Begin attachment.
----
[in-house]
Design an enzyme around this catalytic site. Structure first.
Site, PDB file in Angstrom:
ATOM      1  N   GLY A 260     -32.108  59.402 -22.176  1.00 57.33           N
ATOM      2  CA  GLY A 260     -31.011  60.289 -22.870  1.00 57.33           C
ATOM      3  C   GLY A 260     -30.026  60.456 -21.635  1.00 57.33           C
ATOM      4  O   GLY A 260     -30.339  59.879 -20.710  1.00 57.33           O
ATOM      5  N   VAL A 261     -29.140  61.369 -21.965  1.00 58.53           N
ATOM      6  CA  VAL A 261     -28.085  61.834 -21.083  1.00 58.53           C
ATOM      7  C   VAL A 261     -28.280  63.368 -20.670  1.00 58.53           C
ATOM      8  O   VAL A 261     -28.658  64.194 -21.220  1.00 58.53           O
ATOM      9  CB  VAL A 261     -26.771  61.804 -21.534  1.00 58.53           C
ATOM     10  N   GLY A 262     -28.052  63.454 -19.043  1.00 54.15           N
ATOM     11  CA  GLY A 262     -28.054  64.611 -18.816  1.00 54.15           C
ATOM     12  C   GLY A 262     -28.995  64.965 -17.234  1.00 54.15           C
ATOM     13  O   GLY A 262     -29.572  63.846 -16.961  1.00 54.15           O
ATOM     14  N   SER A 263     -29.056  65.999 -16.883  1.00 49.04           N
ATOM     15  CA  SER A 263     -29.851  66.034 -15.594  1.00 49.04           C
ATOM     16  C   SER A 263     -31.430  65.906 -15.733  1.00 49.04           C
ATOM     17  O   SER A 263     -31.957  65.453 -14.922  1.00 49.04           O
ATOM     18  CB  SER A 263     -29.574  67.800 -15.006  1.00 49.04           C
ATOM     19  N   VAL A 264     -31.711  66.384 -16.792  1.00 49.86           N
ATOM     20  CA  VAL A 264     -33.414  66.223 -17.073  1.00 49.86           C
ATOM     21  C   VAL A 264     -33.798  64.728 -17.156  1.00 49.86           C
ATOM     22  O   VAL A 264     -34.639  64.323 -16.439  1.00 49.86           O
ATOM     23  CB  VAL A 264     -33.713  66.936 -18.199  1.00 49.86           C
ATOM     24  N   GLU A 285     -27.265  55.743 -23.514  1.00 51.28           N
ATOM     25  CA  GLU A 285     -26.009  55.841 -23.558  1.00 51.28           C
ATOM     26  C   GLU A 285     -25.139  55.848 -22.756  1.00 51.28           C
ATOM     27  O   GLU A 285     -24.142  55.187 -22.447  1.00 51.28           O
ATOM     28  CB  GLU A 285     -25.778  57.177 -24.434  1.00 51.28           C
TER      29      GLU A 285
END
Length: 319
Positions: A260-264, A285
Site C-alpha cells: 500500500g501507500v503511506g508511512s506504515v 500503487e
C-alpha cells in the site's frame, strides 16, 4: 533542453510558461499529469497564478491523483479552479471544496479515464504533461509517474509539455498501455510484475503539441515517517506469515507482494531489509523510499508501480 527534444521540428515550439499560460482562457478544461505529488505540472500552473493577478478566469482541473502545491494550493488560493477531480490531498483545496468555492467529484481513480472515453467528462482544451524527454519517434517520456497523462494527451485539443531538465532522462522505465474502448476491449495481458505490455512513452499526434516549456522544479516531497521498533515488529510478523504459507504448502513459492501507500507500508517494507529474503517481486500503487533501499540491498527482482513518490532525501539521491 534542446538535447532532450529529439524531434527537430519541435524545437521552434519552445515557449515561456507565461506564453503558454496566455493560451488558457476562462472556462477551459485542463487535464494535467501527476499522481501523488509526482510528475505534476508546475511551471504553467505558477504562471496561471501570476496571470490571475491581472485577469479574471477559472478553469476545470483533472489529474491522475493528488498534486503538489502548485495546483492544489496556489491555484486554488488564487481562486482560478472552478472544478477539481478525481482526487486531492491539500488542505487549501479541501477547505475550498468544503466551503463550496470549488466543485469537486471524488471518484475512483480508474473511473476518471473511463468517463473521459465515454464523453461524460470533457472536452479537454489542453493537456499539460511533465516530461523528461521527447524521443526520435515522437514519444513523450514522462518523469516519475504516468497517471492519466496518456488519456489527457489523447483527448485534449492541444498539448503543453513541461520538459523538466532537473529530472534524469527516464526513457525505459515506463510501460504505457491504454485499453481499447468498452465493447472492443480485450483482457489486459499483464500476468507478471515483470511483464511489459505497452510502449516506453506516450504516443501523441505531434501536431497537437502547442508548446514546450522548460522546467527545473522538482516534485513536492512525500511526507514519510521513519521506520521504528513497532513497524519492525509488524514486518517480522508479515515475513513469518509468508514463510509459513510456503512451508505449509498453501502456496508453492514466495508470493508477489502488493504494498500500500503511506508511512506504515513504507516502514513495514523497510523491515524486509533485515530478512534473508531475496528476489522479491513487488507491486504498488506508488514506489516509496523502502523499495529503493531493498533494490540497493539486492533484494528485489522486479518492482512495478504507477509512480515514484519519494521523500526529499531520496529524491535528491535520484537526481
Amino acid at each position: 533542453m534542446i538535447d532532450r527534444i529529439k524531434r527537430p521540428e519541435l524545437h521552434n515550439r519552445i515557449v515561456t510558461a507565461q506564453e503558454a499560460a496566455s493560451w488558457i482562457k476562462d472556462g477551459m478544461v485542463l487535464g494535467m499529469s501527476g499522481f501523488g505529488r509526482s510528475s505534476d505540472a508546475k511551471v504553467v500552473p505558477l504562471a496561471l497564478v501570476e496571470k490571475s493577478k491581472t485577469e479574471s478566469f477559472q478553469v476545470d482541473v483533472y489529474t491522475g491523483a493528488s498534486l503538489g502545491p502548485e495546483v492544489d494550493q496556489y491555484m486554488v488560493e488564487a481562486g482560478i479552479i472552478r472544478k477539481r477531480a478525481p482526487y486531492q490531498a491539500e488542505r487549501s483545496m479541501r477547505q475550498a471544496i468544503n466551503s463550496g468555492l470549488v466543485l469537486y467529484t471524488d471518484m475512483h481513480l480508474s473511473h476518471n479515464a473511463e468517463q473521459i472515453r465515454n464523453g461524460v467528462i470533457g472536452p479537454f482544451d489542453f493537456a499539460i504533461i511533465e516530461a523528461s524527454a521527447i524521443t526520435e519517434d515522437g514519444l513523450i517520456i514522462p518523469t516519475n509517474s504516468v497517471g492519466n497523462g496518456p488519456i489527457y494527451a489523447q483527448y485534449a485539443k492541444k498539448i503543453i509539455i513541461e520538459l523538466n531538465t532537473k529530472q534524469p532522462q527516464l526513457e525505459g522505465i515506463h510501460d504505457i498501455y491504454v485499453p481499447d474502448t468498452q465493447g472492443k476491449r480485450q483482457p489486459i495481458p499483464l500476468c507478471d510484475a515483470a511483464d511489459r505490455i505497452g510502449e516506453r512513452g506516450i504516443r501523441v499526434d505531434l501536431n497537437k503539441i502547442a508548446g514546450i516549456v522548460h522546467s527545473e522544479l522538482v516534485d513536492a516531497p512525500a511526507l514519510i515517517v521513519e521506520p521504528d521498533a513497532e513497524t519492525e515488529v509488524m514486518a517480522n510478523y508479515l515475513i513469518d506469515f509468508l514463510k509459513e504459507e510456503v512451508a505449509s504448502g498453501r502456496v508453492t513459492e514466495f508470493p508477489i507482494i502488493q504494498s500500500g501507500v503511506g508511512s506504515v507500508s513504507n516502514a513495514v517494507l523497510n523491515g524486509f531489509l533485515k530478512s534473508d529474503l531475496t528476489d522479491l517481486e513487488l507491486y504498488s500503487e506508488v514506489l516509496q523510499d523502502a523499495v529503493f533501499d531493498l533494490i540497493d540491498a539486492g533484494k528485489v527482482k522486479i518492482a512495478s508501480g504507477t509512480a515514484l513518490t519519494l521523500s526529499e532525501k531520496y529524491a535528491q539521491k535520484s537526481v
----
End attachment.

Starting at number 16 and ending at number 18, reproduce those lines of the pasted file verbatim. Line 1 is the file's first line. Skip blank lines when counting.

ATOM     13  O   GLY A 262     -29.572  63.846 -16.961  1.00 54.15           O
ATOM     14  N   SER A 263     -29.056  65.999 -16.883  1.00 49.04           N
ATOM     15  CA  SER A 263     -29.851  66.034 -15.594  1.00 49.04           C